Tip 4: When setting goals, allow for lag-time. Sometimes the big goal-setting gurus gloss over this aspect, but I think it’s really important. You have to remember that life’s delays are not always life’s denials. You have to deal with the variables and control what you can. You cannot always control forces outside of yourself, i.e.: other people.
I am also in negotiations with The University of Chicago to go and teach a presentation skills workshop for them. The details are yet to be finalised, but it’s definitely in the pipeline for the next month or so. This is a pretty big gig as the U of C is a private, coeducational research University. It is affiliated with 46 Rhodes scholars and 85 Nobel Prize winners, as of 2009. It’s one of the top 3 Universities in Chicago. So it’s something that I’m really looking forward to doing. Expect a post to appear here.
Tip 5: Sometimes the old-fashioned route works. I’ve never been a big fan of cold calling, I prefer to network and meet people. There are a number of business gurus that are against cold calling, while others support doing it in a unique way. This opportunity, is proof that it can work. Although it might not always be the most effective solution.
I also guested on a comedy podcast a couple of times called Playing in Peoria. PiP is based on the old vaudeville concept that if a show could work in a small town like Peoria, Illinois then it would play in any middle American town. It’s fun as I get on well with the other comedy performers who are quickly establishing themselves on the Chicago comedy scene. We generally just sit down and chat for 45 minutes to an hour about different topics. It’s actually fairly edgy and frequently distasteful in the humour. Not at all corporate appropriate, but funny and enjoyable nonetheless.
There may be a couple of opportunities on the horizon with some of these guys. I’ll have to see how things develop and I’ll let you know.
Tip 6: While everything you’re focused on might be geared towards your business or your job, are you doing things just for fun too? You never know what may come from the times when you’re just letting loose and enjoying yourself.
I recently went along as a guest to a Junior Chamber of Commerce meeting. They’re interested in me running a workshop a bit later on this year. The only thing is their main focus is on community projects. This is a great notion, but right now my energies need to be focused on my business and generating an income. So right now, I’m holding off on joining them until I’m in a better position income-wise.
Tip 7: While contribution is a great thing in life, are you taking on too many things that are distracting you from the goals and the things you really want to achieve? Contribution will always be there, but take care of yourself first then you won’t end up feeling guilty about having a diluted focus.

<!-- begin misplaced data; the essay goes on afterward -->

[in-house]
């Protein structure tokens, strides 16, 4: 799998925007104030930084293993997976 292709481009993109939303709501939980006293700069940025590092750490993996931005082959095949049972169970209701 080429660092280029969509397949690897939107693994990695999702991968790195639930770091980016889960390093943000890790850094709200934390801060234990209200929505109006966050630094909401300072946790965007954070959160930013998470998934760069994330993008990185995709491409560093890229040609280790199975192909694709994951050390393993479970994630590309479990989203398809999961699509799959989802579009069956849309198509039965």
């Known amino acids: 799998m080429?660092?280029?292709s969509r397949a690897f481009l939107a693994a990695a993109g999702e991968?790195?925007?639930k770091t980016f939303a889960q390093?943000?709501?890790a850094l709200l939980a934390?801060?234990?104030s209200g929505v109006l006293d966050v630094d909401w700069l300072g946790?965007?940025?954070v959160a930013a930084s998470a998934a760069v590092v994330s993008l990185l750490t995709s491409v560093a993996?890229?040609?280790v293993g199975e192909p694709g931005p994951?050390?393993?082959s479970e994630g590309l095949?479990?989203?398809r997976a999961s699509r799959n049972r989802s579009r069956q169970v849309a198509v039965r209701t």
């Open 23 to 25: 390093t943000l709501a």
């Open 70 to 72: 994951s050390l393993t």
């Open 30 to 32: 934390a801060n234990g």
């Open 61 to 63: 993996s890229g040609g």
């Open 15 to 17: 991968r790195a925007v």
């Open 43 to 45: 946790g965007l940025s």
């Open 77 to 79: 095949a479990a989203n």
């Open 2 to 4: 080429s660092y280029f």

I also took classes at iO, Chicago’s famed improvisation training centre, for two terms. I wanted to take classes there ever since I read Charna Halpern’s book Truth in Comedy: The Manual of Improvisationback in drama school in 1998. Charna is the co-founder of the training center and co-writer, along with the late Del Close.
The other reason I wanted to get involved in doing the classes was so that I would be able to work with other people again. I’ve spent the best part of four years or so mainly doing solo work. So it was good to work on stage with others again.
I only did the two terms, because again money has been tight and really we can only afford to the essential things at the moment. Once I have a more regular and consistent income I will go back and complete the training.
Taking improv classes has been good for my public speaking skills and it gets to me to access my spontaneity on a more regular basis as well as giving me valuable stage time.
Tip 8: See if you can find an improv class near you that you can take. You don’t have to completely commit to becoming an improviser. By taking a class you can free yourself up, gain some confidence about standing in front of a group of people with nothing and think a little differently. If you’re involved with Toastmasters participate in Table Topics more.
I’m also about to start rehearsals for a series of short comic plays written by David Ives. The pieces will be directed by my wife for her newly established theatre company. The goal is to try and make enough money so that the company can file for not-for-profit status. So the show will mark my Chicago theatrical debut. Again, it will be a nice departure for me working and playing with others. There’s only four of us in the cast, so that’s nice and manageable.
Right now I am Managing Producer as well as company member. Please check out the Focal Point Theatre Company’s website here: Focal Point Theatre Company.
Tip 9: if you’re feeling a bit creatively stagnant work with a different “brush”. Do you always work with other people? Try doing something by yourself, or vice versa. Do you always work on your computer? Can you go analog for a bit and use a pen and paper instead? It might just help you break through and create something really interesting.
I also have ideas for other comedy projects bubbling away. It’s amazing how a change of scenery, or in my case country, can completely jump-start the creative process. However, the “planets need to align” a little more for these projects to get off the ground.
Tip 10: alternatively, take a break and see if you can get a change of scenery. You don’t have to emigrate anywhere like I did, but a holiday or even a city-break somewhere might help change things up.
What do I want to achieve now I have my green card that isn’t actually green (disappointing really, it hasn’t been fully green since at least the 1940s)? Well, to essentially keep doing the things I’ve started doing, but to get paid handsomely for doing them. Is that too much to ask? I’ll let you know if it is.